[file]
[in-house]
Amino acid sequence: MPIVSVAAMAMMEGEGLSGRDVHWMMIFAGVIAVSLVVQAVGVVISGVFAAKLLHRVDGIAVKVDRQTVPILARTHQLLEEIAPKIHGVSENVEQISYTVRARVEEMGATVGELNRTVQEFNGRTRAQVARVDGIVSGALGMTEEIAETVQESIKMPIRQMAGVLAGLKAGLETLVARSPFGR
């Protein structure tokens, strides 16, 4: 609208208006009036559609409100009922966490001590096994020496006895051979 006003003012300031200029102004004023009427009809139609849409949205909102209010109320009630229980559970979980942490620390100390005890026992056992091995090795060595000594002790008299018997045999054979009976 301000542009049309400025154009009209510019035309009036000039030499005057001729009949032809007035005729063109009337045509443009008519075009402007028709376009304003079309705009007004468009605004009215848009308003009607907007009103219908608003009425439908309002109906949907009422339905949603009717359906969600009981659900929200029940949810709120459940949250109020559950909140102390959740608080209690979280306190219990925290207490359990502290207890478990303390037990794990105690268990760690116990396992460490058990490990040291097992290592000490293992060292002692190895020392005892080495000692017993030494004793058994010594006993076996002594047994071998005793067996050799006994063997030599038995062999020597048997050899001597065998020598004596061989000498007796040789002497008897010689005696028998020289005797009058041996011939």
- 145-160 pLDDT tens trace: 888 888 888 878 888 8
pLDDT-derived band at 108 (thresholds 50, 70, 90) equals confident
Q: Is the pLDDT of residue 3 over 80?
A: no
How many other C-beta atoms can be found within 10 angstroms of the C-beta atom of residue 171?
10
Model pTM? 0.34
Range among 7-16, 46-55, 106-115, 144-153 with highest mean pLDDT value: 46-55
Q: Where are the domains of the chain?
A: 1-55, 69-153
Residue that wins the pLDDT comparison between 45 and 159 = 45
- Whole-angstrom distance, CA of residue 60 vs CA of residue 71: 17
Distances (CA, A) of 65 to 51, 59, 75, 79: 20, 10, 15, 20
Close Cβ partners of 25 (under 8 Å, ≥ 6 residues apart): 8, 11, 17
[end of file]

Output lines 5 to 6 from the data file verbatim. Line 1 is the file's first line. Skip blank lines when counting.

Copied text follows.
pLDDT-derived band at 108 (thresholds 50, 70, 90) equals confident
Q: Is the pLDDT of residue 3 over 80?